NASCAR Las Vegas Auto Racing

Bubba Wallace, right, argues with Kyle Larson after the two crashed during a NASCAR Cup Series race Sunday in Las Vegas. John Locher/Associated Press

LAS VEGAS — Bubba Wallace adopted the mantra of “Peace. Love. Understanding.” to push back against the negativity and vitriol so often hurled his way.

There was nothing peaceful or understanding about Wallace’s skirmish with Kyle Larson at Las Vegas Motor Speedway over the weekend. Wallace appeared to deliberately crash the reigning NASCAR champion in a dangerous retaliatory move Sunday and then he tried to fight Larson.

Now NASCAR is in a no-win situation as it decides whether Wallace was out of line.

No penalty? That will be classified as favoritism and maybe even fear of punishing the star of Michael Jordan’s race team, who remains the only Black driver at the top level of the sport.

Mild punishment? Cue a mind-numbing debate over precedent.

A suspension? That would be a strong statement against what NASCAR already considers taboo – drivers using their cars as weapons – though a driver suspension in the final three weeks of the season would be another massive headache for a sanctioning body currently putting out fires in every corner.


Wallace is one of NASCAR’s most polarizing drivers and his successful 2020 push for NASCAR to ban the Confederate flag at its races deeply divided fans.

The false narrative that Wallace faked a hate crime – after a garage pull in his garage stall at Talladega was found to be fashioned as a noose – still circulates among some fans, though he never saw it and even the FBI categorized it as a noose.

Wallace claims his steering broke when Larson bounced him into the wall so he had no control of his Toyota when he shot down the speedway and hooked Larson’s car.

Data will show if that’s true. It doesn’t pass the eyeball test.

It looked as if Wallace chased after Larson to intentionally drill his car in the rear corner, one of the most dangerous moves in NASCAR racing. Wallace’s hit spun Larson directly back into traffic, where he slammed into the door of title hopeful Christopher Bell.

Had he not hit Bell’s car, Larson’s trajectory had him headed into the wall backward in a potential nightmare situation: The new Next Gen car is too stiff in the back and drivers are absorbing far too much energy when the impact comes there. Two drivers are out with concussions, NASCAR has held safety briefings the last two race weekends, and any fix won’t come until next season.


Larson believed Wallace was rightfully angry because he did squeeze Wallace into the wall. He wasn’t even upset that Wallace charged after him as Larson tried to get out of the way. (“I’m 5’6, 135 pounds. I’m not going to get too wound up about anything” Larson said last year about driver fighting).

Larson does think Wallace crossed a line in terms of safety.

“With everything that’s been going on here lately, with head injuries…. I don’t think it’s probably the right thing to do,” Larson said. “I’m sure with everything going on, he’ll know that he made a mistake in the retaliation part and I’m sure he’ll think twice about that next time.”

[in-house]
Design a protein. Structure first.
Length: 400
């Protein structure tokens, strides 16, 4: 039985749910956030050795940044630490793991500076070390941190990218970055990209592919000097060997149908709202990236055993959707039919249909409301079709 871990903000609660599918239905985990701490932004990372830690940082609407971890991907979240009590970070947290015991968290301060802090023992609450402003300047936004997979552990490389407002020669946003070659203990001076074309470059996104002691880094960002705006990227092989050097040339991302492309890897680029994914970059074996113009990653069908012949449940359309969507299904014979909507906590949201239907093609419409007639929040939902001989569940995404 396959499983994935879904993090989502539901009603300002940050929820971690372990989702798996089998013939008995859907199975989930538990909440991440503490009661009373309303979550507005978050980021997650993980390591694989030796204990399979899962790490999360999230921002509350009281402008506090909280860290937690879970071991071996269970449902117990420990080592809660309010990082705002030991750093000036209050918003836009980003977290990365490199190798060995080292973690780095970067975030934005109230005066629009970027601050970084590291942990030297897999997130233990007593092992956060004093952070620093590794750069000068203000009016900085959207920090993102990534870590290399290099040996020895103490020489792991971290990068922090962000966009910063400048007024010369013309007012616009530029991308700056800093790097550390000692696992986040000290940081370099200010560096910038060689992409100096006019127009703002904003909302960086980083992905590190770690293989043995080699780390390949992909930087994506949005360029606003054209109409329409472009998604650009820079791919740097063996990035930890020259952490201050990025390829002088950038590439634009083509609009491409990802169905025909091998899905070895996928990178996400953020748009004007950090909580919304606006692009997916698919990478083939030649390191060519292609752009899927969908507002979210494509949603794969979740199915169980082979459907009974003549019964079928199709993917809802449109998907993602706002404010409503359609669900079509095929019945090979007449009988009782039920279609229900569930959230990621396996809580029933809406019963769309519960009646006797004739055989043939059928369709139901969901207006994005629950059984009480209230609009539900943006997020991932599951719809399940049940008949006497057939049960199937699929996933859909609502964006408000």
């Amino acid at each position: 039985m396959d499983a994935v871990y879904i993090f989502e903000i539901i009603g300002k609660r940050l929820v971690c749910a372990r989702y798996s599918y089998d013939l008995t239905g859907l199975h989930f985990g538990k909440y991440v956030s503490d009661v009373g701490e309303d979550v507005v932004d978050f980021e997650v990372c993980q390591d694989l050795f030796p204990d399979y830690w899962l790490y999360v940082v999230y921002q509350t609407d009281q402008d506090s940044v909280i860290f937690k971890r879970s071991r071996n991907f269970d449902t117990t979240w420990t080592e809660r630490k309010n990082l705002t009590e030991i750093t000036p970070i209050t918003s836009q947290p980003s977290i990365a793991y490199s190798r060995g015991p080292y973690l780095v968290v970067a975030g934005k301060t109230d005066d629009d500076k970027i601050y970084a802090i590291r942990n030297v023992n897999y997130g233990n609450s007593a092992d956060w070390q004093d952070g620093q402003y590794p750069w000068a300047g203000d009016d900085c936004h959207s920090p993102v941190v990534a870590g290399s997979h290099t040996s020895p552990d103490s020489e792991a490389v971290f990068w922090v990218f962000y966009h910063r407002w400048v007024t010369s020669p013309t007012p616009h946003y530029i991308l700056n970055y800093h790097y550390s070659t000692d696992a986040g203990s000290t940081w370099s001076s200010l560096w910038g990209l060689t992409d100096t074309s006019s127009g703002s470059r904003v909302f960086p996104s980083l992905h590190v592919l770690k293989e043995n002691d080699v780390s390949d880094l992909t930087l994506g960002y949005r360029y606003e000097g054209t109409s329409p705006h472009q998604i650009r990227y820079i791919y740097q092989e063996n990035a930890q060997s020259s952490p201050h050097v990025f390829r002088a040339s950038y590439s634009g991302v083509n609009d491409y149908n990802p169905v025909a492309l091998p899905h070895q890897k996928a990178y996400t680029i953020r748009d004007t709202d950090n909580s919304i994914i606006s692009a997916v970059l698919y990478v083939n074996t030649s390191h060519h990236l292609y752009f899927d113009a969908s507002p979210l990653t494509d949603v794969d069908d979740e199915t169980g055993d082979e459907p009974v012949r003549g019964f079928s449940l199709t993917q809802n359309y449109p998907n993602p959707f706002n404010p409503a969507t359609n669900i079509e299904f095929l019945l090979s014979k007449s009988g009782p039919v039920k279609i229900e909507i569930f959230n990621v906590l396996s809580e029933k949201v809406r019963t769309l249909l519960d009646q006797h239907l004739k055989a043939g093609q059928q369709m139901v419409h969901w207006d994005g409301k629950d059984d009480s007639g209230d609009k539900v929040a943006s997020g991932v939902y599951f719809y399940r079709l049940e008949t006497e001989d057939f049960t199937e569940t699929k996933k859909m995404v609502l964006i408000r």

Wallace at the minimum broke a rule by walking on a live track after climbing out of his crashed car to confront Larson. He made contact with a NASCAR official, but most replays show Wallace was only brushing an official’s hand away.

You can’t predict what NASCAR might do about Wallace’s repeated shoves of Larson. Fighting is a popular element of the sport and NASCAR doesn’t consistently police fisticuffs.

No matter the NASCAR decision, this is going to stick with Wallace for some time.


He has never received the benefit of the doubt from NASCAR fans and is often accused of being undeserving of his heavily-funded seat driving for Jordan and Denny Hamlin at 23XI Racing. He withstands an enormous amount of hate, and those very detractors will note he’s had previous outbursts against fellow competitors.

For all those same reasons, maybe Wallace deserves a bit of peace and understanding. He never asked to be NASCAR’s face of diversity, and the role kind of fell in his lap in 2020 during a national reckoning of social justice issues.

Yes, Wallace benefited greatly from using that platform, albeit sometimes reluctantly. Nonetheless, it got him a great job with an exciting upstart team and it wasn’t just that Jordan was now his boss; Wallace even gets to drive the No. 23 in homage to the NBA great.

With all that comes a ton of pressure.

Wallace is expected to win races now and through two seasons he’s only done it twice. He is expected to make the playoffs – he’s not done that yet – and be a critical cog in Toyota’s core group of drivers.

His career statistics this season are up in every meaningful category except laps led, and so Wallace in theory has made significant progress.


And he’s always had a chip on his shoulder, something Wallace readily admits, and he is known to be moody. Now he’s got a great car and a great team and great expectations — and all of that was in the mix when Larson squeezed him. Wallace had led 29 laps and now came Larson in an aggressive game of chicken between two drivers not racing for the Cup title.

Wallace didn’t budge: “I don’t lift. I know I’m kind of new to running up front, but I don’t lift.”

So he didn’t. Now Bell, a Toyota teammate, has fallen to last in the eight-driver playoff field because he got caught in the melee. Even though Larson has been eliminated from the driver playoffs, his car is still in the owners’ championship and finished 35th.

And Wallace? Well, he must apply his “Peace. Love. Understanding.” philosophy to whatever now comes his way from NASCAR – and everyone else.

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